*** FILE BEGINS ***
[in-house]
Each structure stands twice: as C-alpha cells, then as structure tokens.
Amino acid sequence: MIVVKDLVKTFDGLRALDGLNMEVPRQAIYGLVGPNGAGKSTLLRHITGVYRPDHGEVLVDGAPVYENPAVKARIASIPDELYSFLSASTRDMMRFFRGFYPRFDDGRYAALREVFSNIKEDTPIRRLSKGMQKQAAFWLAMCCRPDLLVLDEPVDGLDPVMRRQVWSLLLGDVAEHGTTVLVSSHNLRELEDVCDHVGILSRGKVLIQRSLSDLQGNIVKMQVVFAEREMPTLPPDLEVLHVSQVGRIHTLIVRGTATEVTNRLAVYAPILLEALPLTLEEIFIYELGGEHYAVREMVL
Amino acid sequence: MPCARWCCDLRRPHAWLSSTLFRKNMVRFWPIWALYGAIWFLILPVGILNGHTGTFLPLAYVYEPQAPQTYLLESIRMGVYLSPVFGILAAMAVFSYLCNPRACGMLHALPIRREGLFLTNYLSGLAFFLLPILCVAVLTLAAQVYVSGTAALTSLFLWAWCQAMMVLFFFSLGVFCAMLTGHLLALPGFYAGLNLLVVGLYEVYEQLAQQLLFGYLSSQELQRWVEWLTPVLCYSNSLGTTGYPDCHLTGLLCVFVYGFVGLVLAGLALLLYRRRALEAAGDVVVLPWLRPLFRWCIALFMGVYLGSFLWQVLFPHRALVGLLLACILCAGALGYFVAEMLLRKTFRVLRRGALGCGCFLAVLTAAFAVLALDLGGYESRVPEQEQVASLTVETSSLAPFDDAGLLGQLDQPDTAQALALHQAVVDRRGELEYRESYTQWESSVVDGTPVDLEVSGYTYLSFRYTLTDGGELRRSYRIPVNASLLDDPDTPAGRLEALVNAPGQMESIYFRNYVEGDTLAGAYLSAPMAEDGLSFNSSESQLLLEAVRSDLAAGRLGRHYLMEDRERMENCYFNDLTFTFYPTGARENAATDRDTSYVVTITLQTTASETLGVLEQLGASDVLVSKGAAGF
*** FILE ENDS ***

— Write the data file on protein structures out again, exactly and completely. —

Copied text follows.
[in-house]
Each structure stands twice: as C-alpha cells, then as structure tokens.
Amino acid sequence: MIVVKDLVKTFDGLRALDGLNMEVPRQAIYGLVGPNGAGKSTLLRHITGVYRPDHGEVLVDGAPVYENPAVKARIASIPDELYSFLSASTRDMMRFFRGFYPRFDDGRYAALREVFSNIKEDTPIRRLSKGMQKQAAFWLAMCCRPDLLVLDEPVDGLDPVMRRQVWSLLLGDVAEHGTTVLVSSHNLRELEDVCDHVGILSRGKVLIQRSLSDLQGNIVKMQVVFAEREMPTLPPDLEVLHVSQVGRIHTLIVRGTATEVTNRLAVYAPILLEALPLTLEEIFIYELGGEHYAVREMVL
Amino acid sequence: MPCARWCCDLRRPHAWLSSTLFRKNMVRFWPIWALYGAIWFLILPVGILNGHTGTFLPLAYVYEPQAPQTYLLESIRMGVYLSPVFGILAAMAVFSYLCNPRACGMLHALPIRREGLFLTNYLSGLAFFLLPILCVAVLTLAAQVYVSGTAALTSLFLWAWCQAMMVLFFFSLGVFCAMLTGHLLALPGFYAGLNLLVVGLYEVYEQLAQQLLFGYLSSQELQRWVEWLTPVLCYSNSLGTTGYPDCHLTGLLCVFVYGFVGLVLAGLALLLYRRRALEAAGDVVVLPWLRPLFRWCIALFMGVYLGSFLWQVLFPHRALVGLLLACILCAGALGYFVAEMLLRKTFRVLRRGALGCGCFLAVLTAAFAVLALDLGGYESRVPEQEQVASLTVETSSLAPFDDAGLLGQLDQPDTAQALALHQAVVDRRGELEYRESYTQWESSVVDGTPVDLEVSGYTYLSFRYTLTDGGELRRSYRIPVNASLLDDPDTPAGRLEALVNAPGQMESIYFRNYVEGDTLAGAYLSAPMAEDGLSFNSSESQLLLEAVRSDLAAGRLGRHYLMEDRERMENCYFNDLTFTFYPTGARENAATDRDTSYVVTITLQTTASETLGVLEQLGASDVLVSKGAAGF